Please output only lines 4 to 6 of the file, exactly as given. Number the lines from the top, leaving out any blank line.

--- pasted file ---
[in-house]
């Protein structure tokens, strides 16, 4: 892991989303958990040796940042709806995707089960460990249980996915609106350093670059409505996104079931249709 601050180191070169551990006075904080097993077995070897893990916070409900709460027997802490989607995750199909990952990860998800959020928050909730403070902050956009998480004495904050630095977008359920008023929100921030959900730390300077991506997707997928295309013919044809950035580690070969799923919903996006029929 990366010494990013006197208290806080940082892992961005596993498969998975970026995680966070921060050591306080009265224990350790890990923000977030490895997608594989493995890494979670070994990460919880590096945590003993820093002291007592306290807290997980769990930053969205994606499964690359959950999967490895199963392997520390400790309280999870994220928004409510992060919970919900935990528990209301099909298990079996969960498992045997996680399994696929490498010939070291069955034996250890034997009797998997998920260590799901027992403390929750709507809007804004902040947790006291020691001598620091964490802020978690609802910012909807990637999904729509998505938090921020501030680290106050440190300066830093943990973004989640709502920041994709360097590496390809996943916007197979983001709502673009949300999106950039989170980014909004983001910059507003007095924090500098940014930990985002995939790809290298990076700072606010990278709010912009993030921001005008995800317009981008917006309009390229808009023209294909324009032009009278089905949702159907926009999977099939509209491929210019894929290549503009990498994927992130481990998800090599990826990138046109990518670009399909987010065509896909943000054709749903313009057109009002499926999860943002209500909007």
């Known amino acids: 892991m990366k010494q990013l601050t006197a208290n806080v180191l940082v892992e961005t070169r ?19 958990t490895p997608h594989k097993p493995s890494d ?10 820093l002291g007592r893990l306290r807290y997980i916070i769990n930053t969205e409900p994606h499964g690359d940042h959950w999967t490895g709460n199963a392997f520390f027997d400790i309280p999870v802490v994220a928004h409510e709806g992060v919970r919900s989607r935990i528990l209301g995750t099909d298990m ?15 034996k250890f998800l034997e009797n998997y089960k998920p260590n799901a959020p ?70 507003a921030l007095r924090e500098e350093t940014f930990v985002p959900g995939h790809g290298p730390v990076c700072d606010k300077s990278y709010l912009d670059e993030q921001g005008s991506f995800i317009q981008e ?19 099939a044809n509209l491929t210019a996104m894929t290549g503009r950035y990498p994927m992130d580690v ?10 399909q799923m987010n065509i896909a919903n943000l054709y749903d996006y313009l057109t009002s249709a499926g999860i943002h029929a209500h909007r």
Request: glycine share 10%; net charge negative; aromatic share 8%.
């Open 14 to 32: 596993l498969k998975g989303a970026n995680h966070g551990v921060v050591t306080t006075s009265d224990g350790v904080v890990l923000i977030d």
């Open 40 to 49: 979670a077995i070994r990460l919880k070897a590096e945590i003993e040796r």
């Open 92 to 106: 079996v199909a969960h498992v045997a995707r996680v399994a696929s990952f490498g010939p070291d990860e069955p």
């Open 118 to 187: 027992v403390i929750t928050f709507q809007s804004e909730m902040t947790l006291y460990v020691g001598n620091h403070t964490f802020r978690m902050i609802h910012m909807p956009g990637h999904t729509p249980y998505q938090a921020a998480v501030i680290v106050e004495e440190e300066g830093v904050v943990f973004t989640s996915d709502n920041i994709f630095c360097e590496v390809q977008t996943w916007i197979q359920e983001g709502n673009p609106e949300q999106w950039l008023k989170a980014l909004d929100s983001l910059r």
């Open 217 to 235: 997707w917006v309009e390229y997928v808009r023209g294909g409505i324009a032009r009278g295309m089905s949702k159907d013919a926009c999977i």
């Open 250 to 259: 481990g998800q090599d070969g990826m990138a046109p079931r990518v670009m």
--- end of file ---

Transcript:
Request: glycine share 10%; net charge negative; aromatic share 8%.
């Open 14 to 32: 596993l498969k998975g989303a970026n995680h966070g551990v921060v050591t306080t006075s009265d224990g350790v904080v890990l923000i977030d």
């Open 40 to 49: 979670a077995i070994r990460l919880k070897a590096e945590i003993e040796r």